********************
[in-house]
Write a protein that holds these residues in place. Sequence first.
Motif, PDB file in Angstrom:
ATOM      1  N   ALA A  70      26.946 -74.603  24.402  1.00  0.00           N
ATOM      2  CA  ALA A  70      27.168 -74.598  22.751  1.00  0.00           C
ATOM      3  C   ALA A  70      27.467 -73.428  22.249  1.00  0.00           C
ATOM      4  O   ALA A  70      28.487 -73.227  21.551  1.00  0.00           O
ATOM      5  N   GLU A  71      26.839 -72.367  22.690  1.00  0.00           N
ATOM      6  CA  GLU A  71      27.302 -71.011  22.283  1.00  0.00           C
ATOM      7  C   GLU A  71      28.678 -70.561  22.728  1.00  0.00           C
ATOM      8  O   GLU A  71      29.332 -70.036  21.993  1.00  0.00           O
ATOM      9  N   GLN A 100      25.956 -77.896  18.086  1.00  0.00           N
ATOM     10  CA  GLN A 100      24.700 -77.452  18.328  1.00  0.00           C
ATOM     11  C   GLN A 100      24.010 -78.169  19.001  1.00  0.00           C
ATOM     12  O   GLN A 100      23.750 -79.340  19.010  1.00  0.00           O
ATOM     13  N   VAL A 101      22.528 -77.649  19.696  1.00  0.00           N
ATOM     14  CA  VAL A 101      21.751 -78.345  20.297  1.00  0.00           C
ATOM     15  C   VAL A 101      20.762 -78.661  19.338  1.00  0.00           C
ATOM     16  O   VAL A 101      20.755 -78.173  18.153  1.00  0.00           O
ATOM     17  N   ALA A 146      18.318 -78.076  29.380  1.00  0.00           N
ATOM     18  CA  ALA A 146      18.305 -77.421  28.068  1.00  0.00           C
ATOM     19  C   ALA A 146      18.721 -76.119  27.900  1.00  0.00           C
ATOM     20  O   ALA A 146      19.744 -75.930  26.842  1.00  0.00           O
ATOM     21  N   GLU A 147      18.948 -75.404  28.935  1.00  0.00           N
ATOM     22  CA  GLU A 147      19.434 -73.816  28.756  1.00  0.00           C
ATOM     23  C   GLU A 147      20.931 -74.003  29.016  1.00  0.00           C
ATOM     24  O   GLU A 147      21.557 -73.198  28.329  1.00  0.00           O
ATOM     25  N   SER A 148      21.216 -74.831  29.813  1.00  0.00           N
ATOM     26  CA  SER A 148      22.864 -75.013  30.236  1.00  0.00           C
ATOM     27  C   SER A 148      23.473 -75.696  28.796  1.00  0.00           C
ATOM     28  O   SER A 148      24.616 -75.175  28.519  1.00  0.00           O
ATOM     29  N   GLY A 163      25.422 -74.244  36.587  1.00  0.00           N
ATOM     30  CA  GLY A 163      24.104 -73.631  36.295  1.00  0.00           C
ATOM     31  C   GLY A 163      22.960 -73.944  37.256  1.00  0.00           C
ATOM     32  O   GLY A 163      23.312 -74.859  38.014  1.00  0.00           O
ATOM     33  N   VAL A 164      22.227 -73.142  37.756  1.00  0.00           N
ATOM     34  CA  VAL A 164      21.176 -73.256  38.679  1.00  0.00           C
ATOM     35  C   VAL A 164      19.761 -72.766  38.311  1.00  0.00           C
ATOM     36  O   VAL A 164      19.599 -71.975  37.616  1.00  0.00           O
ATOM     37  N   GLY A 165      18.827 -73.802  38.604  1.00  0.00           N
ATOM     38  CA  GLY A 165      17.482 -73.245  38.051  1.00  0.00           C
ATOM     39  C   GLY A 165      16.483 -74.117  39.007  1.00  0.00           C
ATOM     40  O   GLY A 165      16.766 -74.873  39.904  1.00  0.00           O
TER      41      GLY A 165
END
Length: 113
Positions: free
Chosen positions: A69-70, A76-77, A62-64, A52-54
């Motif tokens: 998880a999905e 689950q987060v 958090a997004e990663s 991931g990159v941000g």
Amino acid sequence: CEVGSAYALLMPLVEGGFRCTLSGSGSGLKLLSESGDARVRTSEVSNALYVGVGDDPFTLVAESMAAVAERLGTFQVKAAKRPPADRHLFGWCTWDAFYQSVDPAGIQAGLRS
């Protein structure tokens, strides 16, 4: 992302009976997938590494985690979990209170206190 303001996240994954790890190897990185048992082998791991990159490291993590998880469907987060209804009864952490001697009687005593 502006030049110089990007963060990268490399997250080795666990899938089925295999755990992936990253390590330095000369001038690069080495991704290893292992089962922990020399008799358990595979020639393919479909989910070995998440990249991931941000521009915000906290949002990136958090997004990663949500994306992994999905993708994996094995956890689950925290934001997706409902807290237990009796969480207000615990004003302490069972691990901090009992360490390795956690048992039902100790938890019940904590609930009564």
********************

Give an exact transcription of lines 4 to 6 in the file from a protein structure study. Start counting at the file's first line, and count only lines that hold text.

ATOM      1  N   ALA A  70      26.946 -74.603  24.402  1.00  0.00           N
ATOM      2  CA  ALA A  70      27.168 -74.598  22.751  1.00  0.00           C
ATOM      3  C   ALA A  70      27.467 -73.428  22.249  1.00  0.00           C